[0086] The lyophilization cycle listed below is standard procude well known to one of ordinary skill in the art. This cycle was used for the preparation of lyophilized preparation of methylnaltrexone analyzed in Examples 6 and 7.
  1. 1. Load chamber at room temperature (20-25C)
  2. 2. Lower shelf temp to -45 degrees C at 1.0 degrees C/min
  3. 3. Hold shelf temp at -45 for 120 minutes
  4. 4. When condenser is below -50 degrees C, evacuate the chamber to 100-125 mt.
  5. 5. Ramp shelf to -20 degrees C at 0.5 degrees C/min.
  6. 6. Hold at -20 degrees C for 16 hours
  7. 7. Ramp shelf to +27 degrees C at 0.10 degrees C/min.
  8. 8. Hold for a minimum of 8 hours. Maintain chamber pressure at 100-125mt for the entire cycle.
  9. 9. Restore chamber to 11.0 PSIA + or- 1.0 with sterile filtered Nitrogen and then seat the closures (2" Hg), then bleed to atmospheric pressure with Nitrogen to unload.

Comparative Example 6


Stability of Lyophilized Formulations of Methylnaltrexone



[0087] The following data reports the stability of lyophilized formulations of methylnaltrexone using different cryoprotecting agents.
Cryoprotecting AgentpHtotal degradation products
Mannitol 5.0 0.34%
Polyvinyl pyrrolidone 4.1 0.37%
Polyethylene glycol 5.7 0.44%
Histidine 7.4 0.55%

Comparative Example 7


Stability of Lyophilized Formulations of Methylnaltrexone



[0088] The following data reports the stability of lyophilized formulations of methylnaltrexone in comparison to buffered formulations.

[0089] Amount of total related substances at various stages of manufacturing
 123456
Key Ingredient Monothioglycerol Citrate Buffer pH 3.5 Citrate Buffer pH 5 Acetate Buffer pH 3.6 Lyophilized using Mannitol Lyophilized using Lactose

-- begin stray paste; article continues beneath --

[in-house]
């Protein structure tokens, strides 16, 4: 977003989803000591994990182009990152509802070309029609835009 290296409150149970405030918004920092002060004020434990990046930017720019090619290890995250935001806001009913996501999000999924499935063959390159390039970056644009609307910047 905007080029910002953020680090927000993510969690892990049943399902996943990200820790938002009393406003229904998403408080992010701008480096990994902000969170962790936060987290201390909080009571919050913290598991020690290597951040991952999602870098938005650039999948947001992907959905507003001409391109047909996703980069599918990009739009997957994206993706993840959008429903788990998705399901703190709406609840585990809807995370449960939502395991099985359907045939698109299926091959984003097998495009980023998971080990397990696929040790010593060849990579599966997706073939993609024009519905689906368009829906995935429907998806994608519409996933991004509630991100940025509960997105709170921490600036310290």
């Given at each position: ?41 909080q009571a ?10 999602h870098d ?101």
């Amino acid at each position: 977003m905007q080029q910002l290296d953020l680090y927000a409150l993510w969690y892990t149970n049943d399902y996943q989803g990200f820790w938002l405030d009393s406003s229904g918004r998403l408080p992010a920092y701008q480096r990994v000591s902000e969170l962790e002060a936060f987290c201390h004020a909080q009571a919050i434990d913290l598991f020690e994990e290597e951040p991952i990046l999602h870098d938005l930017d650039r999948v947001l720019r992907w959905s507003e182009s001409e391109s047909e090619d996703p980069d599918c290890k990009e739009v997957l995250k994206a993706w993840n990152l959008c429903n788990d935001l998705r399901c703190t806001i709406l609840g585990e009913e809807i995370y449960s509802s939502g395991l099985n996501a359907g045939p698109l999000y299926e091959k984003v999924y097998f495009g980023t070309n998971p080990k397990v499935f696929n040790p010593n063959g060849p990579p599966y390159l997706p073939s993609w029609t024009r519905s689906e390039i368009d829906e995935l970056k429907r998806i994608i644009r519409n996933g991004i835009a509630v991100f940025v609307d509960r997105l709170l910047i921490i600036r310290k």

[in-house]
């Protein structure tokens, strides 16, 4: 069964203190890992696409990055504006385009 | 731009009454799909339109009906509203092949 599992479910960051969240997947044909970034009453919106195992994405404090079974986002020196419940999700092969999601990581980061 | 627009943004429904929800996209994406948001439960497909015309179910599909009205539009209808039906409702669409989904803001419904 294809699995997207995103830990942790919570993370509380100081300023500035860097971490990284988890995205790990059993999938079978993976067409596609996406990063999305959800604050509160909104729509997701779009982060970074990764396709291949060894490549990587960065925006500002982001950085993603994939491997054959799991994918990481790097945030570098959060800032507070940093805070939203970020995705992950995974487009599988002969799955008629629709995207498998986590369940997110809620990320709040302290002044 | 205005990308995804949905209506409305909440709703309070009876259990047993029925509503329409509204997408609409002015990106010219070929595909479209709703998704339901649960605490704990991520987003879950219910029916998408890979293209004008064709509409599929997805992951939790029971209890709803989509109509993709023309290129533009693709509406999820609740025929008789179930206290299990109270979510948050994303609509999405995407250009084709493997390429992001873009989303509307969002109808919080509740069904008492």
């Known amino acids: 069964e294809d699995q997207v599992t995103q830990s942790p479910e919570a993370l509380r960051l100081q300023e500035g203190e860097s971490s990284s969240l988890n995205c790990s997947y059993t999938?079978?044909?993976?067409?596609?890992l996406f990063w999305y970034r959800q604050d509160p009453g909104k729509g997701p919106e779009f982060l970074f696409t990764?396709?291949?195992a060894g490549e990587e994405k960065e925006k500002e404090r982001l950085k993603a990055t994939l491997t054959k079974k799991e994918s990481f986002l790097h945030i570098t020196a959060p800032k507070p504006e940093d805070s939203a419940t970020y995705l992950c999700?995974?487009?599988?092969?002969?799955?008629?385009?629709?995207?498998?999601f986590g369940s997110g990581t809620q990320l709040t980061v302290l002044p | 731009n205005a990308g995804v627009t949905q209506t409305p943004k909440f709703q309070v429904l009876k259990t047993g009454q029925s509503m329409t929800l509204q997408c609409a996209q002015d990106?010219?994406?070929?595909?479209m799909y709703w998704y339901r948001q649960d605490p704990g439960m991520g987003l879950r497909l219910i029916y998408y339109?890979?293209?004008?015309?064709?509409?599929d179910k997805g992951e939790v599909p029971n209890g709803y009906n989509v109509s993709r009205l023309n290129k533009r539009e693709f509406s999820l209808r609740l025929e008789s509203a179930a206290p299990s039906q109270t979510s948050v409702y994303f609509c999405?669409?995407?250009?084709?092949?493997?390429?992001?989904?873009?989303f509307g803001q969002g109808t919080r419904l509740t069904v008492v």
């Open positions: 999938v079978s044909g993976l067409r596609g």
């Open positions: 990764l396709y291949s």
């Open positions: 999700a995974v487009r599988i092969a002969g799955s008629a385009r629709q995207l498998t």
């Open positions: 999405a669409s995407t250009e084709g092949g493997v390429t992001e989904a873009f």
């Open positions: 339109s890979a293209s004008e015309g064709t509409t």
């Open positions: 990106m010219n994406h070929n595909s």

Unautoclaved 0.13 0.12 0.16 0.20 0.14 0.12
Autoclaved 0.91 0.23 0.61 1.39 n/a n/a
Stability (2 mths at room temp) 1.10 0.16 0.48 1.26 0.15 0.15



Claims

1. A pharmaceutical preparation being a solution of methylnaltrexone or a salt thereof and a chelating agent, wherein the chelating agent is ethylenediaminetetraacetic acid (EDTA) or a derivative thereof and wherein the pH of the solution is between 3.0 to 3.5.
 


Ansprüche

1. Pharmazeutische Zubereitung, die eine Lösung von Methylnaltrexon oder einem Salz davon und einem Chelatbildner ist, wobei der Chelatbildner Ethylendiamintetraessigsäure (EDTA) oder ein Derivat davon ist und wobei der pH-Wert der Lösung 3,0 bis 3,5 beträgt.
 


Revendications

1. Préparation pharmaceutique étant une solution de méthylnaltrexone ou l'un de ses sels et un agent chélatant, dans laquelle l'agent chélatant est l'acide éthylène diamine tétra-acétique (EDTA) ou l'un de ses dérivés et dans laquelle le pH de la solution est compris entre 3,0 et 3,5.
 




Drawing














Cited references

REFERENCES CITED IN THE DESCRIPTION



This list of references cited by the applicant is for the reader's convenience only. It does not form part of the European patent document. Even though great care has been taken in compiling the references, errors or omissions cannot be excluded and the EPO disclaims all liability in this regard.

Patent documents cited in the description




Non-patent literature cited in the description